Team Principal Mattia Binotto admits Ferrari "rushed" and "took some risks" in order to introduce their now power unit at the last two Formula 1 events in Sochi and Istanbul.
Charles Leclerc's car was fitted with the new engine, which has been updated in numerous areas, at the Russian Grand Prix, whilst Carlos Sainz took on the upgraded power unit at the Turkish GP, as he recovered to eighth place from the back of the grid.
Leclerc was able to qualify on the second row of the grid last weekend at the Istanbul Park circuit, underling the improvement in performance from the power unit.
"As we said when we introduced it in Sochi with Charles, the first objective was to try to increase our experience in the view of 2022,” Binotto told RacingNews365.com and other select members of the press.
"That's why we introduced it as soon as possible, trying to rush it, taking some risks as well, but it's all a risk assessment.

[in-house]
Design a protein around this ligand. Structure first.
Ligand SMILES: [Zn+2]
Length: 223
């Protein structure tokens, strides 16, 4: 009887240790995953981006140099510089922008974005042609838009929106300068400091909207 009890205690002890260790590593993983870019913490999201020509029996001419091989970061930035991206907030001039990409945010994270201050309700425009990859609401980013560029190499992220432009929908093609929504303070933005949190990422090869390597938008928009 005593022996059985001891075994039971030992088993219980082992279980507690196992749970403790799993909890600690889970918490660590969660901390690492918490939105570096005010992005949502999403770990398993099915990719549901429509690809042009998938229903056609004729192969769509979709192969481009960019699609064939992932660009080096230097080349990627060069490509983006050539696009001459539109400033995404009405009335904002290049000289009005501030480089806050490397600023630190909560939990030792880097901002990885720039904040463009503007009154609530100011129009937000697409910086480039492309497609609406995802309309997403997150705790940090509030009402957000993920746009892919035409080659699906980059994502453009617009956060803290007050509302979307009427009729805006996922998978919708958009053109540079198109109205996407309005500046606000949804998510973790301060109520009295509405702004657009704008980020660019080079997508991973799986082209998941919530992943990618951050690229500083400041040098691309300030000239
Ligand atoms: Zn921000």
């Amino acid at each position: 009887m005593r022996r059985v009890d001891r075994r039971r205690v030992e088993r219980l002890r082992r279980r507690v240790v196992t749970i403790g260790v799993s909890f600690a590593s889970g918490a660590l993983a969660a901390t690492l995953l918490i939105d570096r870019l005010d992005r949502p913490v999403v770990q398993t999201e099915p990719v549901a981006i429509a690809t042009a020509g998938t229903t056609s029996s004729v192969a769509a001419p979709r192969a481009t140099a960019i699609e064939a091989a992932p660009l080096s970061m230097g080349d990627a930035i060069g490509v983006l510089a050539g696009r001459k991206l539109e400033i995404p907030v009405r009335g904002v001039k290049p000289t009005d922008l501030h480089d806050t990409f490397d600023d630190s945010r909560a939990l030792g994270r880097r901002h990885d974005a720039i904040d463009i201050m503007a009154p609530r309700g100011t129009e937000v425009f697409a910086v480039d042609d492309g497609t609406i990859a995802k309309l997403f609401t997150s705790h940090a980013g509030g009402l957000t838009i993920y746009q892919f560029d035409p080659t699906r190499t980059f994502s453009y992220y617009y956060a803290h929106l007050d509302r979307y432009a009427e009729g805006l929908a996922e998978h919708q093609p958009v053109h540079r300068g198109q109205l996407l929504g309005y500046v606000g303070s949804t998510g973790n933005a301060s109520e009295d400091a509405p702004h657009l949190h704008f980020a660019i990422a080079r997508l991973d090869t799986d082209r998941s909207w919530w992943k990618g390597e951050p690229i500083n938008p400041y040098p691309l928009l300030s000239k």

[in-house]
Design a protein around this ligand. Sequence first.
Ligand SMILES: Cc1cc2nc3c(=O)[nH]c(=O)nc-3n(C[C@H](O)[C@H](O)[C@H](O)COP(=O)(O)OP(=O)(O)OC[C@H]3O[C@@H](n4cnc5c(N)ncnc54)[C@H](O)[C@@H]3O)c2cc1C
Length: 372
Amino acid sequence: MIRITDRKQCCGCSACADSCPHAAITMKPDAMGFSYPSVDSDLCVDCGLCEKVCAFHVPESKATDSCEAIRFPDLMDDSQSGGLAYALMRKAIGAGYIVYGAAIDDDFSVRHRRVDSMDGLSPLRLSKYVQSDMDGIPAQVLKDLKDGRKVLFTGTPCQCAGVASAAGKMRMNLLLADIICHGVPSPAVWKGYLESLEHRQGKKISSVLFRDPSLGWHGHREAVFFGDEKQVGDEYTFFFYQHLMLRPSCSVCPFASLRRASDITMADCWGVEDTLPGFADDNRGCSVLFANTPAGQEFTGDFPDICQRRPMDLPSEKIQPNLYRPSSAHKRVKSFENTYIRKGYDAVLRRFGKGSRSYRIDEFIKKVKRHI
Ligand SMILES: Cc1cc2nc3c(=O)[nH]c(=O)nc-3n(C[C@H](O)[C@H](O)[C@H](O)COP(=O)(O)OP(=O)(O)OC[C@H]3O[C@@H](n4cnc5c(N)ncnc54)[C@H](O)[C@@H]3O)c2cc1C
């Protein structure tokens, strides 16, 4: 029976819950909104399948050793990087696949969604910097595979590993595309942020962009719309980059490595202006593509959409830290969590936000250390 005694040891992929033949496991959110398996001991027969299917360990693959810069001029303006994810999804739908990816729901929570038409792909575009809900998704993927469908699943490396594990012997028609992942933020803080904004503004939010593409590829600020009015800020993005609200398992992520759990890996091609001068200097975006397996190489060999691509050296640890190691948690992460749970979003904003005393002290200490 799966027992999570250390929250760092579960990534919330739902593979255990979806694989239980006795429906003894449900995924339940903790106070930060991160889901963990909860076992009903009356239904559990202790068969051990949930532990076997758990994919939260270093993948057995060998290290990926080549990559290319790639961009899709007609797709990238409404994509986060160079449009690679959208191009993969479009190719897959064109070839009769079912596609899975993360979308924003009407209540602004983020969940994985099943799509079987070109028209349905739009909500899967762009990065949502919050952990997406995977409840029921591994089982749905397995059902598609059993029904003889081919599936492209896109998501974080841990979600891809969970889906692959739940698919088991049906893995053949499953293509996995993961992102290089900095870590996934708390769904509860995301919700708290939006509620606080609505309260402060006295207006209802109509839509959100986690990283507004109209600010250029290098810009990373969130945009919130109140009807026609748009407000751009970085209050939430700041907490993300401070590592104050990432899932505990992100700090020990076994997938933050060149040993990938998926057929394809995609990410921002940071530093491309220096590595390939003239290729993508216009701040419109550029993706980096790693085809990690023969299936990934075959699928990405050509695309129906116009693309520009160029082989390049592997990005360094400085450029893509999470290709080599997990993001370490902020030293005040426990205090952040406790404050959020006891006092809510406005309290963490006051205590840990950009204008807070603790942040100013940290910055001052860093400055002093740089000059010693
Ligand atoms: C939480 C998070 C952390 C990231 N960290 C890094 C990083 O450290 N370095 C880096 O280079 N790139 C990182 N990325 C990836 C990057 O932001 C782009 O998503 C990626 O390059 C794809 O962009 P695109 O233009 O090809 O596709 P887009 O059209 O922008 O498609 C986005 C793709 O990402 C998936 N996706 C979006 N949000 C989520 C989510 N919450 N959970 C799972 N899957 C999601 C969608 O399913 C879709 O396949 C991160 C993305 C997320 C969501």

"Obviously for us it's clear to get mileage on-track and do our own experience before 2022 where the power units will be frozen. For us, that was the key and the reason of that."
Ferrari have limited the damage in recent races to McLaren and are 7.5 points behind in the battle for third place in the Constructors' Championship.
If there are no reliability issues, Leclerc and Sainz should avoid further grid penalties in the remaining six races.
Binotto still doesn't want to give any clues about how much performance Ferrari have gained from their new power unit
"It is giving us a small advantage, but I don't want to quantify it on lap time because it is track dependent," said Binotto.
"It's not only pure ICE power, it's energy recovery, so it's a bit complex. But certainly it's giving us an advantage.
"If I look as well at qualifying with Charles, he had the fourth best lap time, and if I look behind him, it was very close. I'm pretty sure that a couple of positions would have been lost without that specification."
It's time for the latest episode of the RacingNews365 podcast, with F1 journalists Dieter Rencken, Thomas Maher and Mike Seymour discussing Lewis Hamilton's strategy drama and much, much more from the Turkish Grand Prix.